Rajah – who said he loves how the Corolla is as safe as it is durable – relies on his car to the tune of about 300-350 kilometres a day. Having traded in his previous Corolla for a new red 2013 model in August, he has already put about 20,000 kilometres on it. Each day, he drives it from his Brampton home to his driving school in Orangeville. It’s used all day long as he teaches students with it, before he commutes back home again.

After seeing what the Corolla has done for Rajah, the three other driving instructors he employs also decided to purchase the iconic model, so all of them now have Corollas that are about six or seven years old, with 400,000-500,000 kilometres logged on each of them. What’s more, whenever students have seen Rajah’s eye-popping odometers, they too realize that the Corolla is a smart choice and often make it their first vehicle purchase – whether new or pre-owned.

When asked what the key is to having his 2001 Corolla reach about one million kilometres, Rajah said it’s really quite simple.

“I am very strict about never missing an appointment for regular maintenance and I always take it to a Toyota dealership,” said the father of two grown children. “It never would have lasted so long going somewhere else.”

“This is a great example of Toyota’s service in action,” said Tony Kelly, Vice President, Toyota Canada Inc. “Almost a million kilometres is an amazing milestone to hit and validates our philosophy that no one services your Toyota vehicle better than Toyota-trained parts and service technicians.”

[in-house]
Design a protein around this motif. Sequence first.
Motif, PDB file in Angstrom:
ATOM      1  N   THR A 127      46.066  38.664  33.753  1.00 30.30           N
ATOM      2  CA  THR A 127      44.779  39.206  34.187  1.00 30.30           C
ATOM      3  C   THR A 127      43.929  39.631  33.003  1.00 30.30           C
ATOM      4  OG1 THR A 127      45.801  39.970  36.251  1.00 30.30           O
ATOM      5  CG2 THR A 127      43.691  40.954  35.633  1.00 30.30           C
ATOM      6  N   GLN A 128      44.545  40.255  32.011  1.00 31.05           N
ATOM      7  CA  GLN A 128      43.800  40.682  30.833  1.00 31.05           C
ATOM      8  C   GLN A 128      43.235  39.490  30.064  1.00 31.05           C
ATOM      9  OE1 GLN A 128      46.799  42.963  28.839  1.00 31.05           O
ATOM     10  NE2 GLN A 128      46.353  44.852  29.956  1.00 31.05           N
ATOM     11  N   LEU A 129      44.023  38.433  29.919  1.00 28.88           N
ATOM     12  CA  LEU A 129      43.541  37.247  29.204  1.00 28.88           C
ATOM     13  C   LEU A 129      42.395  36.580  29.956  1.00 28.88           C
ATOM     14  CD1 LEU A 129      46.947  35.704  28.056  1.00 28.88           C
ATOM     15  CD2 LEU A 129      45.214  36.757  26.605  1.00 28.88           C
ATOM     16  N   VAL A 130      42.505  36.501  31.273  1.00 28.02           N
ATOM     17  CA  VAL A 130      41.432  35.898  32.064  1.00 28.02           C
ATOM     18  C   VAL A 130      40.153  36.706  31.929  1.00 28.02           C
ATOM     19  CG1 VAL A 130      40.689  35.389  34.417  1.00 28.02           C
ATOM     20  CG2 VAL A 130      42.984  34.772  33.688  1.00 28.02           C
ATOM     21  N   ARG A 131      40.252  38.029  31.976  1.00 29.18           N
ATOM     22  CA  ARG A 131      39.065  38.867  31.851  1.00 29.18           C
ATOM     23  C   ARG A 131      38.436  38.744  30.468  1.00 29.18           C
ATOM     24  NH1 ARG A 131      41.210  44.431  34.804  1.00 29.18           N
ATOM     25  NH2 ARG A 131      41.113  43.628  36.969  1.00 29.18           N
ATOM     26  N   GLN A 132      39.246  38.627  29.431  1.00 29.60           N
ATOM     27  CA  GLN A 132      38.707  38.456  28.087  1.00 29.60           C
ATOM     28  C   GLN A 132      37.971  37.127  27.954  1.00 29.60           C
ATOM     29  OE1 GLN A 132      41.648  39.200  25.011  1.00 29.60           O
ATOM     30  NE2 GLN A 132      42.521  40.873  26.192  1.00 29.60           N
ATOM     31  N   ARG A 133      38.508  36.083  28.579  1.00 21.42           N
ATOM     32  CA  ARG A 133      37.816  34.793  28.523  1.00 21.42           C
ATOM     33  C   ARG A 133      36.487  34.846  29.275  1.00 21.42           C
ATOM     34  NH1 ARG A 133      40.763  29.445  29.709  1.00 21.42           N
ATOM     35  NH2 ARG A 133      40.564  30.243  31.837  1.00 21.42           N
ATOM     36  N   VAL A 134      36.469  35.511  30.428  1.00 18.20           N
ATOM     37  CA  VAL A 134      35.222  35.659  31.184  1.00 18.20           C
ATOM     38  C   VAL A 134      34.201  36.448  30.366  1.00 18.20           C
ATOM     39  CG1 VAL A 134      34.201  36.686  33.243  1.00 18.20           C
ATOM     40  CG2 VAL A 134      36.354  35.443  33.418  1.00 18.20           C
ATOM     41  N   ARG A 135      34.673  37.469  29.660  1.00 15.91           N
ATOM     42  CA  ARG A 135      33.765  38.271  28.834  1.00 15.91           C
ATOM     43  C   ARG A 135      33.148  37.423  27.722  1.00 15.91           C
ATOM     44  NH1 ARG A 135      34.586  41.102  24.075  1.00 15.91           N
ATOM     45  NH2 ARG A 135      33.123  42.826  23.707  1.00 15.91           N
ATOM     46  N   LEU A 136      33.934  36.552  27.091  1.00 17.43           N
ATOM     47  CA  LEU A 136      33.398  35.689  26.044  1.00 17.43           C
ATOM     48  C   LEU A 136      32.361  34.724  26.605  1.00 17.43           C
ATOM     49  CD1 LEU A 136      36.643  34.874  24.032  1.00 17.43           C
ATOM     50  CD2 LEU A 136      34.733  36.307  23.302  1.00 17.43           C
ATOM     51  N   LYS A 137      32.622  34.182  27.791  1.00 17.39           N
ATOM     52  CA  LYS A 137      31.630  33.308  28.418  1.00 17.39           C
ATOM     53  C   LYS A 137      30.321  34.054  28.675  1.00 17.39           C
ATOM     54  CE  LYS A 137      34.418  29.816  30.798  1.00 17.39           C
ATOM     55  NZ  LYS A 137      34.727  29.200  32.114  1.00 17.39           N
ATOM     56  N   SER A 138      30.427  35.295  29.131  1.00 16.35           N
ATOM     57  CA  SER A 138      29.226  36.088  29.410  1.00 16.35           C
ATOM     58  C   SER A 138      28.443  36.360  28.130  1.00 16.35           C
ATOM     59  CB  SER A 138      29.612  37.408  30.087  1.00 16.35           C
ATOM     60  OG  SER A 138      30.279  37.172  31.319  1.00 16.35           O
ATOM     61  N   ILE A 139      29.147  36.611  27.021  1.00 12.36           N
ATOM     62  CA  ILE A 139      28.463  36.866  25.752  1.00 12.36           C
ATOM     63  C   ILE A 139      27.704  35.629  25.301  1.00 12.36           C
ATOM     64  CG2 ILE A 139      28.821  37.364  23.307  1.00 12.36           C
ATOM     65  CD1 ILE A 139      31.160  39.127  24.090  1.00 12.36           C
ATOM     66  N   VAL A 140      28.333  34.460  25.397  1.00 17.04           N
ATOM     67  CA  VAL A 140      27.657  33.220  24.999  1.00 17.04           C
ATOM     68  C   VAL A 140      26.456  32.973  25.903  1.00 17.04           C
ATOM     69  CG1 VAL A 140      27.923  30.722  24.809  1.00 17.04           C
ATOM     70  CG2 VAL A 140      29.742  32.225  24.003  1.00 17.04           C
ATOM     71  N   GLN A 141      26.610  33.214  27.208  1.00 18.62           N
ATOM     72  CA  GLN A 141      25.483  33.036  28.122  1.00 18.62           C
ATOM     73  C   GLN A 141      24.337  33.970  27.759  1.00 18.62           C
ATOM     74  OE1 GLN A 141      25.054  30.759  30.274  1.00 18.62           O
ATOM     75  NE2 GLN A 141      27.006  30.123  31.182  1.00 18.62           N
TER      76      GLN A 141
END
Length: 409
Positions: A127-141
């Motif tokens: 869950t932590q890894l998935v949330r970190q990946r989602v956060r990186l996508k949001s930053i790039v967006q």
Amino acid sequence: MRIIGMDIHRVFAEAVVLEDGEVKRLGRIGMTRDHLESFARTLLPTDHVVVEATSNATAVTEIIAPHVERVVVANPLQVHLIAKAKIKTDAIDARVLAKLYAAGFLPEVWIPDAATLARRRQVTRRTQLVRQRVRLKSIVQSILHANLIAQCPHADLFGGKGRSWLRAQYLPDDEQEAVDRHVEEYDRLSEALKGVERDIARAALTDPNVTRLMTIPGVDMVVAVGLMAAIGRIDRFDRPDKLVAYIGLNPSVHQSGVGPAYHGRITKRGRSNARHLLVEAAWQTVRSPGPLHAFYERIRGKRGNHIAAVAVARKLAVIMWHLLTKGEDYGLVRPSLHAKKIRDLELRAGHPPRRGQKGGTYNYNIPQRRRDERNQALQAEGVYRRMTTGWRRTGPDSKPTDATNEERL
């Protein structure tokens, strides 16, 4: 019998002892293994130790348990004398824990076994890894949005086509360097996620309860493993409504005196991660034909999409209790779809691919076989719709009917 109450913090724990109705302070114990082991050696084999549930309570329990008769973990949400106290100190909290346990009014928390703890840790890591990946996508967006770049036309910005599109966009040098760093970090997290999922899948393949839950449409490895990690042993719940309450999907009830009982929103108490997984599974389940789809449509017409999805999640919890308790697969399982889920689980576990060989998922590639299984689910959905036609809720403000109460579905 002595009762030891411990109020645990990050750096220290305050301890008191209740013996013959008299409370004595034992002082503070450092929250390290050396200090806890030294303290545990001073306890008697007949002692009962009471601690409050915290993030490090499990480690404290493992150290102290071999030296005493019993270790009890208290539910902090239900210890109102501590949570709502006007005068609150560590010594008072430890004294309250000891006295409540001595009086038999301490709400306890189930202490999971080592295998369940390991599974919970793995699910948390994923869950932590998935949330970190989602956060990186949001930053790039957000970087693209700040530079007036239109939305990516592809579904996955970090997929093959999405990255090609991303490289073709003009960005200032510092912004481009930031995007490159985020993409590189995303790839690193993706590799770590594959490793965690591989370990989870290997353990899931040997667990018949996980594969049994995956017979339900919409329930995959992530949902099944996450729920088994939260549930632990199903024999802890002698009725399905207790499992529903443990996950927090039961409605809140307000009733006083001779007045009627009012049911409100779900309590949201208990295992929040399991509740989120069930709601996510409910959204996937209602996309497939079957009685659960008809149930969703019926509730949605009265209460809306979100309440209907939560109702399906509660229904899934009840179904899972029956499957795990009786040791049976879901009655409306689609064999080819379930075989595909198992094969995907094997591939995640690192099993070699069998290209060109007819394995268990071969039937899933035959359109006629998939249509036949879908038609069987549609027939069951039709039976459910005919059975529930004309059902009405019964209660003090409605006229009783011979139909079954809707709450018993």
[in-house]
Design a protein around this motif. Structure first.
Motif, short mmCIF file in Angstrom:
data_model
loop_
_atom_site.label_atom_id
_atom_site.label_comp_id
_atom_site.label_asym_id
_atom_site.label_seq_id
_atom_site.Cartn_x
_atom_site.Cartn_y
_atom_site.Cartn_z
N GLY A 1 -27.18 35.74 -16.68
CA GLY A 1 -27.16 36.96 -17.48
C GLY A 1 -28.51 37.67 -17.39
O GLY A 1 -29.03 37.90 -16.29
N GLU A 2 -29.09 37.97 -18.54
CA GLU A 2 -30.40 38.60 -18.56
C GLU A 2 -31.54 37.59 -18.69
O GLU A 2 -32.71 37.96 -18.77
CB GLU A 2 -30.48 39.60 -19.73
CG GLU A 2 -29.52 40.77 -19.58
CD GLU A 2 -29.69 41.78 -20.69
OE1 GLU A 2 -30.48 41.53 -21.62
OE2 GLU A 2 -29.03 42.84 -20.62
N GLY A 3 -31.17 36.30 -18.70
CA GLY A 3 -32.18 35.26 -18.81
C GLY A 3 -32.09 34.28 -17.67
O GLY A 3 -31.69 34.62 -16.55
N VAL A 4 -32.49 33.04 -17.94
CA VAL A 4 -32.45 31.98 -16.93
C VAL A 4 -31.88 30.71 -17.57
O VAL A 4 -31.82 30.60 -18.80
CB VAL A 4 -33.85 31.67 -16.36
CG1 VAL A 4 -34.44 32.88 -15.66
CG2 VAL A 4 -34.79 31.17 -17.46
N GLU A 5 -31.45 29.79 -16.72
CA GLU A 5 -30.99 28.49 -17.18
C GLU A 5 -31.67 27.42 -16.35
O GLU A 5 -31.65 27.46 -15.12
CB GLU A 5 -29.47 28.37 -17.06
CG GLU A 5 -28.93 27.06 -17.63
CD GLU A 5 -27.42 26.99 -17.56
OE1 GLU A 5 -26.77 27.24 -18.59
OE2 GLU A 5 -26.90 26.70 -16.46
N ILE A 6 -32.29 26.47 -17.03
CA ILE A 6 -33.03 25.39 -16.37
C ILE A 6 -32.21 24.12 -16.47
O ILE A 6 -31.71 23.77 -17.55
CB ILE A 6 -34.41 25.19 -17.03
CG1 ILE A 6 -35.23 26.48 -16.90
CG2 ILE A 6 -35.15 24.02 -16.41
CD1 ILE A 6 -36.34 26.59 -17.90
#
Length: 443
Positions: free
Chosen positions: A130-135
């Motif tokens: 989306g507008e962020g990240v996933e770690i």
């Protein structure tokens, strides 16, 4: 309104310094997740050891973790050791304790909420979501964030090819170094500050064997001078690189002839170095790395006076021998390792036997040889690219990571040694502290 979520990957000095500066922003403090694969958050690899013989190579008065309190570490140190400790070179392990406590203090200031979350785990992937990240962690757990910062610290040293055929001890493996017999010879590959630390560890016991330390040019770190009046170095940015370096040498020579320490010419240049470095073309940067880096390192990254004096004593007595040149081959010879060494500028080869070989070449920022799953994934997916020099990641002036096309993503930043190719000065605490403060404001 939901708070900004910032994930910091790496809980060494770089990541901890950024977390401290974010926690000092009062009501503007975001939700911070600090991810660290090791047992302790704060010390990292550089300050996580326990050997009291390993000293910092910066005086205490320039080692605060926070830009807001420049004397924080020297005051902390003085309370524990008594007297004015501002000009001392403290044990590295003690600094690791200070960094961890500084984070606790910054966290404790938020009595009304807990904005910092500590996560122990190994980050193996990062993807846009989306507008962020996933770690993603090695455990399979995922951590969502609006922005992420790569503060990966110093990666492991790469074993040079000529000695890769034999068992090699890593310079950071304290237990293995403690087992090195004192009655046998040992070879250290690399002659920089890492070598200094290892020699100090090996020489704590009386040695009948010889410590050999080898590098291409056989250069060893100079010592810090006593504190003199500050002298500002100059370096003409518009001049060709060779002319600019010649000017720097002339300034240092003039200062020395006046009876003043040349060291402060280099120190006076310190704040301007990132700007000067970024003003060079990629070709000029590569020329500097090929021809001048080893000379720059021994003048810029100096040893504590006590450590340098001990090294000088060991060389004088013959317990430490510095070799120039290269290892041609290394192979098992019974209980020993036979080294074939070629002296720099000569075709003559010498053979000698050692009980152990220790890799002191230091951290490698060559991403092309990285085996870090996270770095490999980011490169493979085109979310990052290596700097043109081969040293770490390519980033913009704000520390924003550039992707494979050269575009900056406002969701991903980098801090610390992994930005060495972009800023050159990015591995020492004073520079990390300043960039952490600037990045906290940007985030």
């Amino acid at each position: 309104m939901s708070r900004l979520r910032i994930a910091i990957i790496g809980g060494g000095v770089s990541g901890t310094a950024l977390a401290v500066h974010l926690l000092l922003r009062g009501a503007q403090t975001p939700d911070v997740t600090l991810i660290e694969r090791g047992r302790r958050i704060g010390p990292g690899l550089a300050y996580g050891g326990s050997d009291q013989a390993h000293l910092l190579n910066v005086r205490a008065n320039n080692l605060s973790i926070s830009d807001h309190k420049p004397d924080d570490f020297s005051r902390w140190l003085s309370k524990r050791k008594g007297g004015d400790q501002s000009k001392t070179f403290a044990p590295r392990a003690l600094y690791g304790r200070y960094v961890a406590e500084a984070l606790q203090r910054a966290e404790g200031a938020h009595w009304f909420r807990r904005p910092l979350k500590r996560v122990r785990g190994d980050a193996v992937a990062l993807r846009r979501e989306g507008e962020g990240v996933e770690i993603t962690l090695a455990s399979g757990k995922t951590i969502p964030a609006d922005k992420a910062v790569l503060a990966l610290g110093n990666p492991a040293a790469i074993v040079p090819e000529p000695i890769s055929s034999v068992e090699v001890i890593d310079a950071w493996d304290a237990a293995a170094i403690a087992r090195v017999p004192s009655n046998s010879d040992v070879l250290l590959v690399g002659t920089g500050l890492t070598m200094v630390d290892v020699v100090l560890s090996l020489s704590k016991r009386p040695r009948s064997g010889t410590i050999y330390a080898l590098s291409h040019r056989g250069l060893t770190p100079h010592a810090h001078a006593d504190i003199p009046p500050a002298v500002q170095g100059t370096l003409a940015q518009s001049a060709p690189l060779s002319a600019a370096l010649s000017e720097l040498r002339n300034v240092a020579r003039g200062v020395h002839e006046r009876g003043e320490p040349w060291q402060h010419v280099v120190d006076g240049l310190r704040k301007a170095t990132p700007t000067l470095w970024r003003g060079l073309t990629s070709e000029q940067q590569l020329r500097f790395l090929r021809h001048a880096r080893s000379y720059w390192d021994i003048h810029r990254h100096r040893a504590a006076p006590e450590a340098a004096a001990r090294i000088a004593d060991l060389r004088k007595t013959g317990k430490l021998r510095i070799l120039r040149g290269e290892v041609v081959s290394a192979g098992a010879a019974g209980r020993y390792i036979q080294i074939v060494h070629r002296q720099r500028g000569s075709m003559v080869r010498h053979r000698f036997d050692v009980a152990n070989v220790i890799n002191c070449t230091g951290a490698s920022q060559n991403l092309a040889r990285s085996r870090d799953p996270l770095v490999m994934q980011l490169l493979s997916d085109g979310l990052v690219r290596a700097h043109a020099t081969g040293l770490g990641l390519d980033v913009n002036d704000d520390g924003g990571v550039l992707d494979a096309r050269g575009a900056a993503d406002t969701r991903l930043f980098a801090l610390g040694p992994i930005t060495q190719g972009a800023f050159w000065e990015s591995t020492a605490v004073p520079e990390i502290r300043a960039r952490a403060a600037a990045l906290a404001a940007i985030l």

Rajah explained that he never intended to keep his 2001 model for one million kilometres – once it hit 500,000 he just kept telling himself he’d keep it for another hundred thousand, but it just kept going and he never had any issues with it other than the tires wearing out.

Finally, he decided that 12 years was long enough, and it was time for a change.

“I didn’t really have to get a new one – I could have easily gotten another 500,000 more kilometres from it,” he laughed, adding that as much as he loves his new Corolla for all the advantages it has – such as the latest technology features, more room and greater comfort – he misses his beloved 2001 model.

“But I get to see it whenever I take my new Corolla in for servicing,” he said, noting that he bought his new car from Woodbine Toyota, which still has his previous green vehicle on site so he can look at it nostalgically while his new car is serviced. “Eventually, I’ll grow just as attached to my new one because I expect to get one million kilometres from it too.”

With all the driving involved at work, his Corolla gets a break at vacation time. That’s when Rajah and his wife travel with their daughter – so they can all enjoy her 2009 Toyota 4Runner.

“She’s a lawyer who only has a short drive to work so I think it would take her about 40 years to get one million kilometres on it,” he joked.




About Mark Stevenson

Mark Stevenson is a former IT professional turned freelance automotive writer and news editor for Autos.ca. He's a member of the Automobile Journalists Association of Canada and former member of the Texas Automotive Writers Association (TAWA). Mark spends an inordinate amount of time on motorcycles and resides in Dartmouth, Nova Scotia with his two dogs - Nismo and Maloo. You can find him on Twitter and Facebook.